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Bill to cut number of council planning authorities published

Words: Roger Milne

Halving the number of planning authorities as part of moves to reorganise Welsh local government could contribute to savings of £650 million over 10 years, the Welsh Government claimed this week.

Public services minister Leighton Andrews confirmed plans to cut the 22 councils to eight or nine as the administration published the draft legislation required to effect the shake-up. It could trigger the loss of 1,900 jobs.

Decisions on whether those staff are made redundant, offered early retirement or given new jobs would be taken by the new councils.

Reducing the number of administrative posts would cost up to £40 million, with redundancies and early retirement for senior managers costing an additional £6.6 million to £12.4 million.

The proposals to bring back bigger county councils are broadly similar to pre-1996 arrangements.

The up-front costs of the mergers would be between £97 million and £246 million, but the Welsh Government said it expected that it will have paid for itself within two to three years. Dyfed would be brought back by re-merging Carmarthenshire, Pembrokeshire and Ceredigion, and West Glamorgan would return by joining Swansea once more with Neath Port Talbot.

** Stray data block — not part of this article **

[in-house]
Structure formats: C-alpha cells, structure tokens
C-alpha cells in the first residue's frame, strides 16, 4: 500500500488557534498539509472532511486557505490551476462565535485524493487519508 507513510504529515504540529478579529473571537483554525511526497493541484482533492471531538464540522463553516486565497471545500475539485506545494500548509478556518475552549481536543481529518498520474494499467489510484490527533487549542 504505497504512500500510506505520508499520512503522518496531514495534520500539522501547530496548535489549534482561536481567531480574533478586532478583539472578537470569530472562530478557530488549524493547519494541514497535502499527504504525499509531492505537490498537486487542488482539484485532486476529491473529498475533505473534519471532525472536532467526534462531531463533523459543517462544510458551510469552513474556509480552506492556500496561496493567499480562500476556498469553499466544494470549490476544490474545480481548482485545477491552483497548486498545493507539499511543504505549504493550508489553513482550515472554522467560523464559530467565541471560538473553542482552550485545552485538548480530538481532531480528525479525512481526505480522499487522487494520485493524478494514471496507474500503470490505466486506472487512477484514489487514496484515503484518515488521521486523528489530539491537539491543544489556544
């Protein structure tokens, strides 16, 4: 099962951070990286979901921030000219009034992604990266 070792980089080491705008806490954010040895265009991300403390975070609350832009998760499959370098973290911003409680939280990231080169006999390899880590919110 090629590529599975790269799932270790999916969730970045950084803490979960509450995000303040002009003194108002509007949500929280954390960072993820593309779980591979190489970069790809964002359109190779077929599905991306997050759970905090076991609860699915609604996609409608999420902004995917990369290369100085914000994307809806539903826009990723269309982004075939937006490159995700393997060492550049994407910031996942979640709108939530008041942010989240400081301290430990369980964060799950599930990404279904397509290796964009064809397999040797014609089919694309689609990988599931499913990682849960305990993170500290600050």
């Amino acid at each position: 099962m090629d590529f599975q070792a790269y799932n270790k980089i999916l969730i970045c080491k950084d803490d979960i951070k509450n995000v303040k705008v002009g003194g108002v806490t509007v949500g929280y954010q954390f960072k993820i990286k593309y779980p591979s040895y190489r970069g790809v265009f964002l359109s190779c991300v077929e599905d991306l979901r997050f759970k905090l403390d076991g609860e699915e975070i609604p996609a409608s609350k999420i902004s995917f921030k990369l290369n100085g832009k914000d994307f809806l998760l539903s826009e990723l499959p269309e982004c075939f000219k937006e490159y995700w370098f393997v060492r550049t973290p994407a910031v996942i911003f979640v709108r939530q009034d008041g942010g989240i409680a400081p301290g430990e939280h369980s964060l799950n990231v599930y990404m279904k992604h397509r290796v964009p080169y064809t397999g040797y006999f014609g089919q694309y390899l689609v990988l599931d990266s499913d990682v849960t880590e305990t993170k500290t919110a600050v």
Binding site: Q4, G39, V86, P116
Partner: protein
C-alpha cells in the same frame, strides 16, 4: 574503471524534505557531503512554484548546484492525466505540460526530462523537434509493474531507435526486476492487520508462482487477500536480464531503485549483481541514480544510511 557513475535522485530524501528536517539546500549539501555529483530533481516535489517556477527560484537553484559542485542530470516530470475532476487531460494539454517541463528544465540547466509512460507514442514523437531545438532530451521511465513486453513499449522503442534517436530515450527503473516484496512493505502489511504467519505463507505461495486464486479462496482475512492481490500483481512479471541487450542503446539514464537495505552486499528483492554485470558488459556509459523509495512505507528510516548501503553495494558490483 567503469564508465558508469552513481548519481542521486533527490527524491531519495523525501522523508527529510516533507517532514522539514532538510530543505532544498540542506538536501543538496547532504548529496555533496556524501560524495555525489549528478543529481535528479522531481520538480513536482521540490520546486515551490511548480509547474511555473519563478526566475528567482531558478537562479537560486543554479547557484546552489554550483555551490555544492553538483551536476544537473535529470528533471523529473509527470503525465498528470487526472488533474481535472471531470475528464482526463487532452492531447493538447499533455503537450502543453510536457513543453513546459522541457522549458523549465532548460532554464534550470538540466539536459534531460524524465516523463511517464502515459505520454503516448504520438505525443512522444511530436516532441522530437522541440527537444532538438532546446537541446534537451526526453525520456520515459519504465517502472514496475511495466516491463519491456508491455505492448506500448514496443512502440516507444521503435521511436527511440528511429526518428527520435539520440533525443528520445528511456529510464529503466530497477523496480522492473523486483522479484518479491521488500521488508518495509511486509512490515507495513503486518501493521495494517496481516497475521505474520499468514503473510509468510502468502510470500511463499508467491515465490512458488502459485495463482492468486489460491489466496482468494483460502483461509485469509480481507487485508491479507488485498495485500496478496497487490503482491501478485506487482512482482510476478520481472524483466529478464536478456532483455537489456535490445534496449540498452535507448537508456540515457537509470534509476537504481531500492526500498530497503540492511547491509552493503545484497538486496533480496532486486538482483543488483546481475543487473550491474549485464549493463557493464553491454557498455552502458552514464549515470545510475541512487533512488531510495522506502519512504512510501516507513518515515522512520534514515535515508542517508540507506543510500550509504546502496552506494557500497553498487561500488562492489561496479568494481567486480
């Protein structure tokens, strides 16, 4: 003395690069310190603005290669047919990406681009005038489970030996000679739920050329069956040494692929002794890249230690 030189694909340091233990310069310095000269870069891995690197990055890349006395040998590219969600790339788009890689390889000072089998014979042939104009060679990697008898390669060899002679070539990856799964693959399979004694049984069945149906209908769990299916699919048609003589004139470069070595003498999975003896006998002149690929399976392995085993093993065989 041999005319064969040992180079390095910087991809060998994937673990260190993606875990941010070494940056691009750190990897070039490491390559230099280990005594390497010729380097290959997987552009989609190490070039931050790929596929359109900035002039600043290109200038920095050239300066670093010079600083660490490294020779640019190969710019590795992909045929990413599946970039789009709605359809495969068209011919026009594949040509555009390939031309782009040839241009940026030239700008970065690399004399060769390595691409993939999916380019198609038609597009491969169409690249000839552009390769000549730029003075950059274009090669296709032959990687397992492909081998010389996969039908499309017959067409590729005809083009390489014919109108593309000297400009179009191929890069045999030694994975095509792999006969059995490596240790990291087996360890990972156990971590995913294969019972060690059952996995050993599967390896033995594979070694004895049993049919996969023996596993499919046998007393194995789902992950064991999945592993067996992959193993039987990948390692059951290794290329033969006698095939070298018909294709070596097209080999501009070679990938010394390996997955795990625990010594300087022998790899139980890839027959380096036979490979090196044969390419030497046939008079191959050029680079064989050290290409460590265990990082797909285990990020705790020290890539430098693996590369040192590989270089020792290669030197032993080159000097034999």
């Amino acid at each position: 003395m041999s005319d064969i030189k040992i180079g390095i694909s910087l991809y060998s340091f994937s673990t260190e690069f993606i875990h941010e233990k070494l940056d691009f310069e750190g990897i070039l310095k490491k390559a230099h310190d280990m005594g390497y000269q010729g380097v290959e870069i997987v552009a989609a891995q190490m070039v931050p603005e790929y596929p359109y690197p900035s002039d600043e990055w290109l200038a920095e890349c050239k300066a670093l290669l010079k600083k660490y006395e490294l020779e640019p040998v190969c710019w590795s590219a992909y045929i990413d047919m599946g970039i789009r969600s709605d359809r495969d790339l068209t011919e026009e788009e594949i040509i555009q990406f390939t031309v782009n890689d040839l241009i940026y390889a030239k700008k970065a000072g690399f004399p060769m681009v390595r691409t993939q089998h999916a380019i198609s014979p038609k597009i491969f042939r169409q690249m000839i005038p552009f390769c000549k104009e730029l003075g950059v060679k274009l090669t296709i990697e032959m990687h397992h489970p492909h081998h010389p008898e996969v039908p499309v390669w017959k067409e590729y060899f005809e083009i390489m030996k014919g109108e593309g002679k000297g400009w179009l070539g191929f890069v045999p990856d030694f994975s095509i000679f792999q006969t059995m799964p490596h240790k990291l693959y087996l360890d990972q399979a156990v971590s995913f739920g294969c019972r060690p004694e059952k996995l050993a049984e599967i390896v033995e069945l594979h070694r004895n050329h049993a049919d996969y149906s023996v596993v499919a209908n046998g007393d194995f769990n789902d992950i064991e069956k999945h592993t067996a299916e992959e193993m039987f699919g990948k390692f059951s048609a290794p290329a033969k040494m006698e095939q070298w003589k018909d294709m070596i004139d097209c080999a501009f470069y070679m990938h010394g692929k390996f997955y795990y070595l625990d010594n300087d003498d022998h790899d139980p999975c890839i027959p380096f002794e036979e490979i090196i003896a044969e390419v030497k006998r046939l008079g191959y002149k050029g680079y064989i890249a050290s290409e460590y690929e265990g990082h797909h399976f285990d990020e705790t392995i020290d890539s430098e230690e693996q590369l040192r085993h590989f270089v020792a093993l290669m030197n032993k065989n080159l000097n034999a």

Cardiff would merge with the Vale of Glamorgan, while a merger between Caerphilly, Torfaen, Blaenau Gwent, Newport and Monmouthshire would create Wales' biggest council, with a population of nearly 600,000. Bridgend would join Rhondda Cynon Taf and Merthyr Tydfil.

In the eight-council model, Anglesey, Gwynedd and Conwy would merge, as would Denbighshire, Wrexham and Flintshire.

The alternative would see Conwy and Denbighshire merging.

The minster insisted: “There is a real opportunity here for local government to make significant savings for taxpayers and if councils work together, plan well and involve their staff, there is the opportunity for savings even greater than the £650 million we have identified.

"This means more money for front line public services, more money to invest in communities and more money to support local economic prosperity”.

The Draft Local Government (Wales) Bill is not intended to become law until after the Welsh Assembly elections in May 2016.